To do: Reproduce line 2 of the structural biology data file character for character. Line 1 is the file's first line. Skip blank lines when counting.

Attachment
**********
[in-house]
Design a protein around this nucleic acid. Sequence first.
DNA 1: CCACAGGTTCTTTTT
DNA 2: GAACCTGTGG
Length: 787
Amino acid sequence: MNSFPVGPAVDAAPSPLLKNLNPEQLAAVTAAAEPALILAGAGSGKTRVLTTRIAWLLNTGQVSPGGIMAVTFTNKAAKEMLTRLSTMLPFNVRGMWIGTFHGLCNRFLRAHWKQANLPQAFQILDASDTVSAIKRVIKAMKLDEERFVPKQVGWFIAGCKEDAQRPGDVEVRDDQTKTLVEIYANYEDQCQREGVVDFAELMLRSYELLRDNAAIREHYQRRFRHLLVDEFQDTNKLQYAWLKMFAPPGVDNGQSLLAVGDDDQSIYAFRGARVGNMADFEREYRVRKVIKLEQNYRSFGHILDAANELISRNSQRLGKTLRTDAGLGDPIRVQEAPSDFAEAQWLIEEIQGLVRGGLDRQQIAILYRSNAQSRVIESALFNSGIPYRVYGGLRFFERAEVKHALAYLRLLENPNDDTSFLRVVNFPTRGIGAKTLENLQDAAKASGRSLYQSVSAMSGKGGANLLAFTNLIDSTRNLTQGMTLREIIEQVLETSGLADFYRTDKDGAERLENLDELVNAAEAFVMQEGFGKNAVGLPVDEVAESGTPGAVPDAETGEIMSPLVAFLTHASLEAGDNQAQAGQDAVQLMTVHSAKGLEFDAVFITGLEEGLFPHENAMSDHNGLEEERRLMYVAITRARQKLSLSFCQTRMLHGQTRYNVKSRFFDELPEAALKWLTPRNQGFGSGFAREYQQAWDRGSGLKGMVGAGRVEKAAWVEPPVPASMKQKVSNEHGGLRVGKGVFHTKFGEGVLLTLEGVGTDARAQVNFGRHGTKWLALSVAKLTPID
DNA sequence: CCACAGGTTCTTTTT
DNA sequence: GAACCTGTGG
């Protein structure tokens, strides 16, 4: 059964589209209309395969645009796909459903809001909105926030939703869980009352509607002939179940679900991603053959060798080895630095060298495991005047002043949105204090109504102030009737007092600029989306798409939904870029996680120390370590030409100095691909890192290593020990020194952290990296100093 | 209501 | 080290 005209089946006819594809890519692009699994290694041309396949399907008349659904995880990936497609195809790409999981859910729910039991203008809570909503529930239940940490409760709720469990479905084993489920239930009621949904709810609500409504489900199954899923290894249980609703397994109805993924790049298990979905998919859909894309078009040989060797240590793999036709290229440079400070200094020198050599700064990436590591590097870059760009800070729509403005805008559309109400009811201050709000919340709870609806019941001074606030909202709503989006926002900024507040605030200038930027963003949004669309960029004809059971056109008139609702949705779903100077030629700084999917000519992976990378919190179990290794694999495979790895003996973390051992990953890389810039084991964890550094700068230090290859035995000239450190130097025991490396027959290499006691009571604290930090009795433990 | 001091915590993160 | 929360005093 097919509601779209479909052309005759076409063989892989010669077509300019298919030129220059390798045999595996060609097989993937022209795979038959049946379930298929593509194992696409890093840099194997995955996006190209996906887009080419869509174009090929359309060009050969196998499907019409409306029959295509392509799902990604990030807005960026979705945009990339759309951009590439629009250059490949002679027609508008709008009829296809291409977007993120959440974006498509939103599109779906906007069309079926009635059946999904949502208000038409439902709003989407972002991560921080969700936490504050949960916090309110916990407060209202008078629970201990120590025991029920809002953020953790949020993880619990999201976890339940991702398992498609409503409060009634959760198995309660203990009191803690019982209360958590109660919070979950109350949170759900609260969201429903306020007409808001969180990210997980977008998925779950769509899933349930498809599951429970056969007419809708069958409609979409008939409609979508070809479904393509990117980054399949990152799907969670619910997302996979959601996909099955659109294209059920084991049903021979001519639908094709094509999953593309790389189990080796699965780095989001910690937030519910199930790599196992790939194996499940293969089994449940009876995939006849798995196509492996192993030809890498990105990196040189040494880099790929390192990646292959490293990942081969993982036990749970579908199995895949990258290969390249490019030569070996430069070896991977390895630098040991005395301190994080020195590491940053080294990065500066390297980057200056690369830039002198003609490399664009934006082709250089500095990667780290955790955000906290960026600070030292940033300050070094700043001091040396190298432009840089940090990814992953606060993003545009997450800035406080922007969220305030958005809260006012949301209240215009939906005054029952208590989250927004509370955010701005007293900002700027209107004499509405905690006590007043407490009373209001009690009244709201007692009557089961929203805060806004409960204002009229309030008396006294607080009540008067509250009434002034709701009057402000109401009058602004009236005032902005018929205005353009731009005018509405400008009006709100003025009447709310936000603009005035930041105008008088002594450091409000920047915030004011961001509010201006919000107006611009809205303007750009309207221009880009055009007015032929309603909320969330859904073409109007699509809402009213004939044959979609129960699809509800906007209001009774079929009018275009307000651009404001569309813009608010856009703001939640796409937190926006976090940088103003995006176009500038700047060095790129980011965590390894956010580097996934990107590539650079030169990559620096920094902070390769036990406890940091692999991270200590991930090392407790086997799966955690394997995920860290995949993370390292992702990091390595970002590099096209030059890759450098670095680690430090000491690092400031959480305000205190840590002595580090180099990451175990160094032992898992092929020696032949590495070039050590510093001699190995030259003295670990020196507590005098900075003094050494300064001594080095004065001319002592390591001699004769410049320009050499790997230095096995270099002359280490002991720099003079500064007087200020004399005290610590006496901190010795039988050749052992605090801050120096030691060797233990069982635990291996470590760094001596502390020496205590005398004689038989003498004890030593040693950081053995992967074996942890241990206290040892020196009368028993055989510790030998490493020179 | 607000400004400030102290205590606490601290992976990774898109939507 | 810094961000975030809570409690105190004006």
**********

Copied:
Design a protein around this nucleic acid. Sequence first.